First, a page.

The annual migration of wildebeest through the Serengeti and Masai Mara eco-system each year is probably the world's most filmed natural event. It evokes everything that is wild and perhaps connects us to a time, not too far back in our past, when great migrations of herbivores were commonplace across the world's grasslands and open spaces. The buffalo migrations of the North American plains are now a memory, and in the last couple of decades populations of Saiga Antelope, once numbered in millions, have crashed.
The wildebeest of the Serengeti are still with us however, with more than half a million animals following the seasonal rains across the rift valley highlands each year, accompanied by a whole caravan of other herbivores. Gazelles and about 250,000 zebras also join the party in a constant search for nutritious short grasses that this species absolutely needs to survive. This cycle in turn sustains a remarkable and robust population of Africa's greatest predators - Lions, Leopards, Wild Dogs, Cheetah and some truly enormous Nile Crocodiles that lie in wait at key river crossings on route.
Wildebeest are large, quite strange looking members of the Antelope family with their forelegs larger and more developed than their hind legs; similar to related Topis and Hartebeest. Contrary to what you might believe, not all wildebeest migrate; where food and water is available year-round, these animals decide to stay put. The population in Tanzania's Ngorongoro Crater is a good example of this.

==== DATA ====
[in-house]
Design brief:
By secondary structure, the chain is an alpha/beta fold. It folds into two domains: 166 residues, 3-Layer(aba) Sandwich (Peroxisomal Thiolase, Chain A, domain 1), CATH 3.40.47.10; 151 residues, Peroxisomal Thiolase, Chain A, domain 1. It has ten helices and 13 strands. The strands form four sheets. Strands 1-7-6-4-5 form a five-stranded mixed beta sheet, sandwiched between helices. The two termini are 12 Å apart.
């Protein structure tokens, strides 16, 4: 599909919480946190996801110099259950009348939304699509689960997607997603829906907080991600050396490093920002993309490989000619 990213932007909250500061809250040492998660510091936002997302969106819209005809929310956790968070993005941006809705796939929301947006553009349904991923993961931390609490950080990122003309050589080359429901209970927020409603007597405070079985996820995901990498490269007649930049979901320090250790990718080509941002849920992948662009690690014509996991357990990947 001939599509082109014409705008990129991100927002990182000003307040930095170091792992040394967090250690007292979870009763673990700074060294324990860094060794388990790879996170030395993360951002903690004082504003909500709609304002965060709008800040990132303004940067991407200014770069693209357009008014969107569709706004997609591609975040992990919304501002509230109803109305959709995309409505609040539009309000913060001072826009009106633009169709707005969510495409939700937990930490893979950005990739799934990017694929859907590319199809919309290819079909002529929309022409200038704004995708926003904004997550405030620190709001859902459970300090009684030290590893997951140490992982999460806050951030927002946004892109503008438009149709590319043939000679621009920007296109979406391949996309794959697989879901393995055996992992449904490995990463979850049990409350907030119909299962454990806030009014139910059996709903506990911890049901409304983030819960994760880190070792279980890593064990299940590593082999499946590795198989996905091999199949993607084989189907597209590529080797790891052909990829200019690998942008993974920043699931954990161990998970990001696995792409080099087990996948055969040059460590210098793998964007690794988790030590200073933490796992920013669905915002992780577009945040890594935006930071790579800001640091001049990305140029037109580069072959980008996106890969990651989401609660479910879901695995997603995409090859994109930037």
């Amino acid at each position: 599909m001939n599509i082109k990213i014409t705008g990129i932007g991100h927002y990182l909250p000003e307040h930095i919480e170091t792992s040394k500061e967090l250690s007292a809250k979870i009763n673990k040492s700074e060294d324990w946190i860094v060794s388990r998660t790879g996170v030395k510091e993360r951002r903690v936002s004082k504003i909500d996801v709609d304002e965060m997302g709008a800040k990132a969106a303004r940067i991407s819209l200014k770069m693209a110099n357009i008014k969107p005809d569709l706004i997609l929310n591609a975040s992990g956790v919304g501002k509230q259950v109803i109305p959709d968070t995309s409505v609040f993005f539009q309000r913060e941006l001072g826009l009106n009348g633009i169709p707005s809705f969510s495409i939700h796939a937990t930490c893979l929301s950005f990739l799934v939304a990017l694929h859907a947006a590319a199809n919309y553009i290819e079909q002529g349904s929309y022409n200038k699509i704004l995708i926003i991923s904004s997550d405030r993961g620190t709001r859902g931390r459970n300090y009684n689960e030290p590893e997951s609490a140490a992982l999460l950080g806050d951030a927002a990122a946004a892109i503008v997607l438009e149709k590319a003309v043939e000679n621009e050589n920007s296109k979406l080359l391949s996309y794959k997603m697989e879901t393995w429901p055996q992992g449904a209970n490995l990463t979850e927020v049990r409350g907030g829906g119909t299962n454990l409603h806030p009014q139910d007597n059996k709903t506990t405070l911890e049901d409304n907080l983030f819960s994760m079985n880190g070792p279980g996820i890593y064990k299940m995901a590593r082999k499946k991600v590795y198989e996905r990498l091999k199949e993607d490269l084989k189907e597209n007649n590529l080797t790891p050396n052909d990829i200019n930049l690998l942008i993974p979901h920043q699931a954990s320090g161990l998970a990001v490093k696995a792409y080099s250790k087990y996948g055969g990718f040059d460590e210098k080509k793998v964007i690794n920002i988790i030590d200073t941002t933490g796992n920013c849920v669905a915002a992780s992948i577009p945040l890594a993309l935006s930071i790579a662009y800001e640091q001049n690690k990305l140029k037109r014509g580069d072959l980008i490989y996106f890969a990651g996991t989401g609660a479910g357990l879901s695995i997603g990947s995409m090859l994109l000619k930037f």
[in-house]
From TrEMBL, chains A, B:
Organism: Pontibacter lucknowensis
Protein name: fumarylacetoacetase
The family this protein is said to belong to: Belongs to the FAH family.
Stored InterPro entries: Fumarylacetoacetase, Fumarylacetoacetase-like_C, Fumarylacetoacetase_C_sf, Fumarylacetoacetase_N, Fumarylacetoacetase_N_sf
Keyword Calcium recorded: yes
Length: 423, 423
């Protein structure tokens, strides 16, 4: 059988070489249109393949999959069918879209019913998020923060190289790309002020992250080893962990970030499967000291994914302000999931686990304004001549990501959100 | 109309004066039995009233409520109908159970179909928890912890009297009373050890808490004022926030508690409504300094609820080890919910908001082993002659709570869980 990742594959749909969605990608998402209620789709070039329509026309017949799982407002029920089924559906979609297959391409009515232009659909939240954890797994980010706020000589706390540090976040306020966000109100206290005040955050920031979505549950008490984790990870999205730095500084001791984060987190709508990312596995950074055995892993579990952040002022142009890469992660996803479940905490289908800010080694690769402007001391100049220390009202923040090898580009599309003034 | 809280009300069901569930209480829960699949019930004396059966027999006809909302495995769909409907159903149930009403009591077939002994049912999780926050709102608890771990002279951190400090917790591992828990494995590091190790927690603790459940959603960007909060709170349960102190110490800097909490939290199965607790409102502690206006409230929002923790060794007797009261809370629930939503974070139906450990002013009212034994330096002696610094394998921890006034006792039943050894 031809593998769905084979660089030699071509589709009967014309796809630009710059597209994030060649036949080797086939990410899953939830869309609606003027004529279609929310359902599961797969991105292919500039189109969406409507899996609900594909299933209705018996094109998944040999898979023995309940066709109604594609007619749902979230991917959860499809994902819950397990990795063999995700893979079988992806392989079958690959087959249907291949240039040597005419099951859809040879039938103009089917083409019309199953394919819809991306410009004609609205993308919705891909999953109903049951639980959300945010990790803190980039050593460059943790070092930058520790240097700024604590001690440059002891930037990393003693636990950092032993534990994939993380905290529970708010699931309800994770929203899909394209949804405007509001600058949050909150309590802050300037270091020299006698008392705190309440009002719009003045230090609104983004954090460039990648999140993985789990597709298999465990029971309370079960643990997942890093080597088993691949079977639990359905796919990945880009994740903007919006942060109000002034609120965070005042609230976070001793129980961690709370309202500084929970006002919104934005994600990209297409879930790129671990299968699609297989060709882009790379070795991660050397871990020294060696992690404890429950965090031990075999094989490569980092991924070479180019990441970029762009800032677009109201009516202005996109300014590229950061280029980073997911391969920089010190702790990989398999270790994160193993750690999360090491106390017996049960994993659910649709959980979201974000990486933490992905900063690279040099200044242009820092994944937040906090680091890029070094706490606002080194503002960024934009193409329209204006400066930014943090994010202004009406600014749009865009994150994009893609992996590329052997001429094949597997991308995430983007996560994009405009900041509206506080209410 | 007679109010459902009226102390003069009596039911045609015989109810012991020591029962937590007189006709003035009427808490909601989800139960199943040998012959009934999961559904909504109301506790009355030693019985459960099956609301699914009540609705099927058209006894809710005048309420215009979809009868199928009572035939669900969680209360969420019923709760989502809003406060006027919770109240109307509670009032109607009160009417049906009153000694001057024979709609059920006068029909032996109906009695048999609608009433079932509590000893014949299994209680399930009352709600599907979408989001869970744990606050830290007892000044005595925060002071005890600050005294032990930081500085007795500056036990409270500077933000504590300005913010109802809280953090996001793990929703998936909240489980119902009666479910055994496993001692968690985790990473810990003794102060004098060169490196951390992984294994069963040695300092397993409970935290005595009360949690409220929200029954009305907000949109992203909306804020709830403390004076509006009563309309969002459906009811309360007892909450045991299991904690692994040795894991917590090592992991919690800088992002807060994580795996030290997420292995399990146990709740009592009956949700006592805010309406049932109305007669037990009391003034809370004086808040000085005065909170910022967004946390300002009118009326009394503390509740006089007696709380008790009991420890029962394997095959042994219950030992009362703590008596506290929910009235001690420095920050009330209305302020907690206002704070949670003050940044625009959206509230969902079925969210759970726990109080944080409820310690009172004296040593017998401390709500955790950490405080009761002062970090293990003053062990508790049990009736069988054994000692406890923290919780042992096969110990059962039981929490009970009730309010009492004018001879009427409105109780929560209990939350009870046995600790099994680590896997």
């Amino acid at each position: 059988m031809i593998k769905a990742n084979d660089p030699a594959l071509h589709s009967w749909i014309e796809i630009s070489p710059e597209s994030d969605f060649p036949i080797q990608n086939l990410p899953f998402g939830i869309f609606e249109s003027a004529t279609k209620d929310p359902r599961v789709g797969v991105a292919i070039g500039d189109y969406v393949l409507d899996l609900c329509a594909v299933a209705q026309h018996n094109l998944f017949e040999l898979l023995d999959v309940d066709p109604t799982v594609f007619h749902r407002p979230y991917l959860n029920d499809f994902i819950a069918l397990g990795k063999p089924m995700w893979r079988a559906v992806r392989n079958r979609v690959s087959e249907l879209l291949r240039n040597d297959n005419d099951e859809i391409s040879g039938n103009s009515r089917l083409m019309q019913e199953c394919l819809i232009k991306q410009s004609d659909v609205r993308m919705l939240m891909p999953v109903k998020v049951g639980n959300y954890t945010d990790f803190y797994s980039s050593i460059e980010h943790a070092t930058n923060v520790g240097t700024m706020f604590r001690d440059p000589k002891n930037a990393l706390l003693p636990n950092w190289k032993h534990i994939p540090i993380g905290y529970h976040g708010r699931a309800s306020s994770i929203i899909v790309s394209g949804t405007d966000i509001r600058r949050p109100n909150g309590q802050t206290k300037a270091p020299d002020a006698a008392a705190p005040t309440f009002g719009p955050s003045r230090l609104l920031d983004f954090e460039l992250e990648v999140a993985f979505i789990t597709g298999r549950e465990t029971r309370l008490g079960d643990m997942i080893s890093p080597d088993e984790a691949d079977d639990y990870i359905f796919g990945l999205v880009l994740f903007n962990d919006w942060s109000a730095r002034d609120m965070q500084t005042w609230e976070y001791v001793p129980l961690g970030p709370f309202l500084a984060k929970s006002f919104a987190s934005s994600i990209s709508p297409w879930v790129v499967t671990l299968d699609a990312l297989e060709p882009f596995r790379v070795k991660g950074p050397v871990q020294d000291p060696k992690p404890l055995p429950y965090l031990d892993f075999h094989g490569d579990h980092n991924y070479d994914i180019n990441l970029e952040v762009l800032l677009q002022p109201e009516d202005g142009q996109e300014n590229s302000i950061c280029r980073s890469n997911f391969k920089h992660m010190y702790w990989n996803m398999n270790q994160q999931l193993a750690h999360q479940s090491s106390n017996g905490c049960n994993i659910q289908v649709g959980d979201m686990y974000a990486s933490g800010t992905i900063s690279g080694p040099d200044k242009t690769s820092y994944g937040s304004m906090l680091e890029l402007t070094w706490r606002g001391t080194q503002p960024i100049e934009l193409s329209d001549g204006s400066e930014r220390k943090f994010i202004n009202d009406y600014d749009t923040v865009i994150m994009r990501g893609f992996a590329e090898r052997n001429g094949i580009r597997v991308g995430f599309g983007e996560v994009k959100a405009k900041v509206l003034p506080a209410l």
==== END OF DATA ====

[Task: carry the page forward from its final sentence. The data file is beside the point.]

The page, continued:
Wildebeest get their name from early observations of the males' wild rutting behaviour. Males stake out small impermanent territories, where they begin frantic snorting, scent marking (from glands in their faces), through leaping, kicking and cavorting; rather like drunk teenage boys on a late night disco binge, all to impress the ladies! During the following wet season, a co-ordinated mass calving event takes place, which is their defence against predation; there are simply too many calves for the lions, leopards and hyenas to eat. Almost as soon as they are born, the Wildebeest are ready to run - another adaption for a dangerous life on the plains.
Blue Wildebeest (sometimes called the Brindled Gnu) are found in habitats ranging across East and Southern Africa, with a second large migration also taking place in Zambia's Liuwa Plain National Park.
This species is currently considered not endangered, but it's also good to bear in mind that the second wildebeest subspecies, the Black Wildebeest, with sharper, upward raised horns and remarkable white mane of hair on their backs, was hunted to near extinction in the wild in South Africa in the 19th Century. From perhaps only 300 remaining individuals, the Black Wildebeest has been rescued from the brink by a few dedicated individuals. Their population is now around 20,000, mainly in South Africa and Namibia. Proof that with a little help, great comebacks are possible!